There's an old John Denver song called Today is the First Day of the Rest of My life.
For MediaConnect, that day is today.
You've probably already noticed the new website. However, this new website isn't just a new, shiny coat of paint. Rather it represents MediaConnect's coming out as the company we've long planned to be.
MediaConnect was founded in 2000 as an information provider to PR and journalists in the technology sector. Over the last 12 years, we've gradually morphed from information provider to software company, from the technology sector to working across all verticals and sectors. In March of last year, we soft-launched Influencing. It was our big step outside of the technology sector and a statement that our future lay in the online software tools that we've been iterating for more than a decade.
We soft-launched for a reason. We wanted to make sure we were getting it right. We wanted to make sure we had a media database that was superior to any other in Australia. We wanted to make sure that we had the right tools for PR pros that worked in exactly the right way.
So over the past 15 months we worked with a small, handful of companies outside of the technology sector. The first thing we discovered was that we needed to make the platform easier to use, which was a surprise to us as we'd already made massive changes in order to simplify our service. So we went back and made them easier again. And then we did it again. We're only "coming out" now because we know Influencing is so dead simple. And fast. We design every new feature around being able to complete any task in less than a minute.
We've also worked very closely with a small, handful of companies on building out our toolset. We've literally sat down with PR professionals and asked them to take us through their workflows and we've then designed tools to do those jobs better. And then we've sat down with those same PR pros until those same tools worked exactly as the user expected them to.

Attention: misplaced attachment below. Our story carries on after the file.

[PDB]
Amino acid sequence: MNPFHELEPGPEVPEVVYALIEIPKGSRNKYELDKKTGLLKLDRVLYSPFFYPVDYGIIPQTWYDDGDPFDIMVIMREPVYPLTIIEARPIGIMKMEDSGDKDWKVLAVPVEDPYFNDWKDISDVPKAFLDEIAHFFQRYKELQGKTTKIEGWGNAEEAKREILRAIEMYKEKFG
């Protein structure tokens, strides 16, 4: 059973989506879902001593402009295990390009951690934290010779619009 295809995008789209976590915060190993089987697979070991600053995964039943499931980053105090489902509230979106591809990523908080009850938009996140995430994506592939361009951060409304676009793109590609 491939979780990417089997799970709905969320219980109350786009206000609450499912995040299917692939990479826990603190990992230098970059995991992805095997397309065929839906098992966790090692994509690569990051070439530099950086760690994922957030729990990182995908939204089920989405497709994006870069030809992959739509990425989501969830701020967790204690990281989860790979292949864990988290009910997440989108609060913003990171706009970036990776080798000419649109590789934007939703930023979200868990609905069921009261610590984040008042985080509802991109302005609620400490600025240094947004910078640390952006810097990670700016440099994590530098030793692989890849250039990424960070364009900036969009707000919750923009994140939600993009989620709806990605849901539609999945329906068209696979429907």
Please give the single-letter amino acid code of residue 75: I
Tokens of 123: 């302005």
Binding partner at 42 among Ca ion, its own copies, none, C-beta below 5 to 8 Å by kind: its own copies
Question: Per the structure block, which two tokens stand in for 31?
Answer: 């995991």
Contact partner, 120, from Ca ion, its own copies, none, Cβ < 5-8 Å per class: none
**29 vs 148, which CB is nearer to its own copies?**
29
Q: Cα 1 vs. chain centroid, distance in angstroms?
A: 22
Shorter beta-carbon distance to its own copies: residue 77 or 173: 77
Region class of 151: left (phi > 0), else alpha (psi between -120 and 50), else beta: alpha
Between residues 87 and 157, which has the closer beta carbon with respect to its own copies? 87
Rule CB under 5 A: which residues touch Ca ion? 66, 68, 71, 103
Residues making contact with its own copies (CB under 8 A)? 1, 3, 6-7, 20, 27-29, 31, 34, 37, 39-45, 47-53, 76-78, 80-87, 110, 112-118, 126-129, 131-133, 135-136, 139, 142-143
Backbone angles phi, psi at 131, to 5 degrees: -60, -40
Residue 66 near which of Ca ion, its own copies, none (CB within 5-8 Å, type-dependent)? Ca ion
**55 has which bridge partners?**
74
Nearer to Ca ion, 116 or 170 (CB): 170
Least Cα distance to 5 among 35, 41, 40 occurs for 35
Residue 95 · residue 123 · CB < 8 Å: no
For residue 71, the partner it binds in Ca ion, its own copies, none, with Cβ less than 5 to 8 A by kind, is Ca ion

A few months ago, the feedback we were getting suggested we'd just about arrived. So the company took on our sales director Mike Woodcock, who has been out in the marketplace for the past couple of months taking PR companies through what we now have to offer. And it's fair to say we've been blown away by the response.
Some might say it's dumb luck - I of course prefer to think that it's down to the fact that we've been working towards this point for more than a decade - but what we're now offering in the Influencing PR management suite comes at the precise moment in time that PR professionals in Australia are crying out for these kinds of tools. In today's sophisticated marketing environment, the traditional media database and media monitoring alerts just don't cut it any more. PR professionals need to be more professional and more productive if they're to successfully transition into the digital age and we've made it our mission to help as many PR agencies and departments get there, as we can.
Personally, as the founder of MediaConnect, I feel like the vision has been realised and we have no intention of keeping quiet about it anymore. We're out there, loud and proud. This is MediaConnect.
At one point, during Wednesday night’s discussion on how PR practitioners can ensure their role and work is understood and appreciated from a senior-level business perspective, the statistic was raised that a 1 per cent improvement in customer satisfaction can have a 3 per cent improvement in market capitalisation.
As Mary Smiddy, the senior vice president of Health & Wellness at Weber Shandwick, pointed out that’s the kind of language that business leaders speak and it’s the message they want to hear.